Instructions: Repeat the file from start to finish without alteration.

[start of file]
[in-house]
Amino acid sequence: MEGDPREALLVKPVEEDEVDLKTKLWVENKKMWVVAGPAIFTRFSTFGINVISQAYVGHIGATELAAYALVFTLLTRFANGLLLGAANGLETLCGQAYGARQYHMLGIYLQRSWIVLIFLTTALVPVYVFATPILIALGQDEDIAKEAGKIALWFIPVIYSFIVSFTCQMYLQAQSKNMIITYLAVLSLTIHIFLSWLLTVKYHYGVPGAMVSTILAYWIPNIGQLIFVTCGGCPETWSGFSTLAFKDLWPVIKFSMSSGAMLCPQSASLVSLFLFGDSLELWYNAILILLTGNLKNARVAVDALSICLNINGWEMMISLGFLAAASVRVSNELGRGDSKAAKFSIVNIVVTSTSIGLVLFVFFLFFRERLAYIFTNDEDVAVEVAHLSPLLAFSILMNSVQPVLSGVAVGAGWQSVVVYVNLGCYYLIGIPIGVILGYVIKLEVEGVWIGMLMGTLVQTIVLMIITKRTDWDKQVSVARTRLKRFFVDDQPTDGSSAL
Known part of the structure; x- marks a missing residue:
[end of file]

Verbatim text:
[in-house]
Amino acid sequence: MEGDPREALLVKPVEEDEVDLKTKLWVENKKMWVVAGPAIFTRFSTFGINVISQAYVGHIGATELAAYALVFTLLTRFANGLLLGAANGLETLCGQAYGARQYHMLGIYLQRSWIVLIFLTTALVPVYVFATPILIALGQDEDIAKEAGKIALWFIPVIYSFIVSFTCQMYLQAQSKNMIITYLAVLSLTIHIFLSWLLTVKYHYGVPGAMVSTILAYWIPNIGQLIFVTCGGCPETWSGFSTLAFKDLWPVIKFSMSSGAMLCPQSASLVSLFLFGDSLELWYNAILILLTGNLKNARVAVDALSICLNINGWEMMISLGFLAAASVRVSNELGRGDSKAAKFSIVNIVVTSTSIGLVLFVFFLFFRERLAYIFTNDEDVAVEVAHLSPLLAFSILMNSVQPVLSGVAVGAGWQSVVVYVNLGCYYLIGIPIGVILGYVIKLEVEGVWIGMLMGTLVQTIVLMIITKRTDWDKQVSVARTRLKRFFVDDQPTDGSSAL
Known part of the structure; x- marks a missing residue: